When it comes to the CPU market Intel has always had an upper hand over AMD which is striving hard to rectify the Bulldozer blunder it made during 2011. It would still be a few years before AMD would stand firmly on par with Intel, However, the global sales of 8th and 9th generation Lake chips are falling after the release of Ryzen 3000. But AMD isn’t the major problem Intel would have to face.
Competition Commission of India has asked Directorate general of shipping to look into the matter of anti-competitive practice by Intel. This complaint was filed by Matrix info system Pvt.Ltd, a Delhi based importers, supplier and distributor of computer components, according to the information provided by Matrix, Intel is selling the same processor at different prices, the processor has a price tag of ₹11,757 in Germany, ₹11,307 in the US, ₹18,334 in Japan and ₹29,610 in India. Intel is selling the same processor for almost 30k in India that retails for 11k in the US and Germany, which is approximately 3x price hike.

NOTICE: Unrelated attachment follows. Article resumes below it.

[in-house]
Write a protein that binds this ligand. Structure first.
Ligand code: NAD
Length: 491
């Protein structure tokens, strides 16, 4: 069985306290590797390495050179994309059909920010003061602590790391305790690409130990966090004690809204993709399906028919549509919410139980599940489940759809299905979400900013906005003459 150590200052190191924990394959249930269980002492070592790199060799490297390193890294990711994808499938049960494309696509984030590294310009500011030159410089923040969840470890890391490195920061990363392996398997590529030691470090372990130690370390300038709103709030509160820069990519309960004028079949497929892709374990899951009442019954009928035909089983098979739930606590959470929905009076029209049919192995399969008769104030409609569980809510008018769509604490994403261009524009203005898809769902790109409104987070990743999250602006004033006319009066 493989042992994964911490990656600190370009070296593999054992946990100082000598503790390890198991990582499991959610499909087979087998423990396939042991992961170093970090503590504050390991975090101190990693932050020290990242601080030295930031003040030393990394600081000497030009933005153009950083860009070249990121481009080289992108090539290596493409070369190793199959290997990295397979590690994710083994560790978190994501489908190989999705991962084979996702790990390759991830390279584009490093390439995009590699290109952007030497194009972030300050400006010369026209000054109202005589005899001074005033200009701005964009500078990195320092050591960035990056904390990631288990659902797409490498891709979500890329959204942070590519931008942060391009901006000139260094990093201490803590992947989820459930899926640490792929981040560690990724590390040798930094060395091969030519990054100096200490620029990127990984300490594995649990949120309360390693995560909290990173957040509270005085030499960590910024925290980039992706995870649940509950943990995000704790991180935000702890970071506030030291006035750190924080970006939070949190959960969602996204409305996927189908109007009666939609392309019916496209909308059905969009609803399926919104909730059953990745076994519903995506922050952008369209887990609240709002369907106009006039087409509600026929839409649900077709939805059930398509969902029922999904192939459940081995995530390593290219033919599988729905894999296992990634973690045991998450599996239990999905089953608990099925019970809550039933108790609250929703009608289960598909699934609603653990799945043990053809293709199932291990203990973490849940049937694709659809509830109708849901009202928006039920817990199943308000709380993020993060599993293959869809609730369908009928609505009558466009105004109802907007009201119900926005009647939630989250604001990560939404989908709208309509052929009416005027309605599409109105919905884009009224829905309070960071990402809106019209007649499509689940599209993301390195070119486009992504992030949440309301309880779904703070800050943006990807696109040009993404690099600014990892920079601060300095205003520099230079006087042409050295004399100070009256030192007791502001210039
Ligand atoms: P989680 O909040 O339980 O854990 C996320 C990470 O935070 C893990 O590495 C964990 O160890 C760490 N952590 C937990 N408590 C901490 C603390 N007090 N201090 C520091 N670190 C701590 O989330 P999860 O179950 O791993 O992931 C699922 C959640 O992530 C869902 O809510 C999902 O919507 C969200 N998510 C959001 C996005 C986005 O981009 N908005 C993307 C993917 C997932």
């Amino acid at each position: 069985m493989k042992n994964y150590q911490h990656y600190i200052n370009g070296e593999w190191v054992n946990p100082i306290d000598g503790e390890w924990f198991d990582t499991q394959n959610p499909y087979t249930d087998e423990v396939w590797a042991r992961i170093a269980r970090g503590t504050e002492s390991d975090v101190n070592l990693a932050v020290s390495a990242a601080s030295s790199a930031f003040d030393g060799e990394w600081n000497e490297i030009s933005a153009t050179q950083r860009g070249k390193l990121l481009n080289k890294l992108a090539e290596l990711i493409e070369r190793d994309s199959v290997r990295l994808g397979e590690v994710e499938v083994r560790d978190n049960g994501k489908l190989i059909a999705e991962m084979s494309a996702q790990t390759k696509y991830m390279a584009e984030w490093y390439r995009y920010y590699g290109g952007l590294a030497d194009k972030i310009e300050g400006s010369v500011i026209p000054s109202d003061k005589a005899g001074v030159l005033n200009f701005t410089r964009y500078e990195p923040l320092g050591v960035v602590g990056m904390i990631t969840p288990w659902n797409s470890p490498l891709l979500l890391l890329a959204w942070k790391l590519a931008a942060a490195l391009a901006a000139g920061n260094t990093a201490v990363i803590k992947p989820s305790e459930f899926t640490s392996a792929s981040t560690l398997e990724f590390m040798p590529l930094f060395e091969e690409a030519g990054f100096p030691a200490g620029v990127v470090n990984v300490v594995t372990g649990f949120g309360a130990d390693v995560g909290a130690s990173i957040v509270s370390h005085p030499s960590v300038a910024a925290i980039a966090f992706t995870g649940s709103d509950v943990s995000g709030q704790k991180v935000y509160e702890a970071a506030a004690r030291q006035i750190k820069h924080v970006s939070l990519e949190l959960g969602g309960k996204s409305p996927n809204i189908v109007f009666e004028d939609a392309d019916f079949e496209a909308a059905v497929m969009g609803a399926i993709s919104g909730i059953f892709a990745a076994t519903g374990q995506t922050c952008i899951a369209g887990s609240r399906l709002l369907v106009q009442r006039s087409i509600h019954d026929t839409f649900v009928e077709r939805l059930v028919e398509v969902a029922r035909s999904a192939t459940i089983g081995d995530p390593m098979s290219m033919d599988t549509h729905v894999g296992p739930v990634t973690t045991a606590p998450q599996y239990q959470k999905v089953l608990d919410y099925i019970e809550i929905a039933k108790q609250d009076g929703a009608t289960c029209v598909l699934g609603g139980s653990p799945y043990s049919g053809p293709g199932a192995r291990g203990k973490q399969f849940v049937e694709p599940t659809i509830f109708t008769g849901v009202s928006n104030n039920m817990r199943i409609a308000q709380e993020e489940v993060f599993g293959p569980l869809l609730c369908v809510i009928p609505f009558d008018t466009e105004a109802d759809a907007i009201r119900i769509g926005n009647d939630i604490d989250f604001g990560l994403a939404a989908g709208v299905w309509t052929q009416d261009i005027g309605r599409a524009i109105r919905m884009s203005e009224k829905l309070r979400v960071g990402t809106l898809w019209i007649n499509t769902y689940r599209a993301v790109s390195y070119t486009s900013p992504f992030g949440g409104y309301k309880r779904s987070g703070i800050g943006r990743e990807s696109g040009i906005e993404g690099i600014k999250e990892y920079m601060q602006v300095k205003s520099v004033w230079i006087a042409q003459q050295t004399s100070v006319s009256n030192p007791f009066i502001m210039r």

Matrix claims that Intel has signed an exclusive deal with authorised sellers, who sell the company’s chips at premium warranty which is country-specific instead of worldwide warranty, it seems that Intel no longer accepts warranty request for CPU not purchased from an authorised reseller, even if bought from popular international sellers like Newegg and Amazon.
What does Intel have to say about this?
Intel told Competition Commission of India that this warranty policy was espoused to HELP the Indian consumers.
“Intel has stated that in India, there is a large unorganized market and parallel importers often under invoice goods or import old and salvaged parts disguised as new products. Thereafter, when the product stops working, Intel receives a request for replacement of such old and used products. This, according to Intel, not only creates a burden upon it as it only has a limited number of service centres in India but also affects consumers’ interests adversely.”
Image Source – qtxasset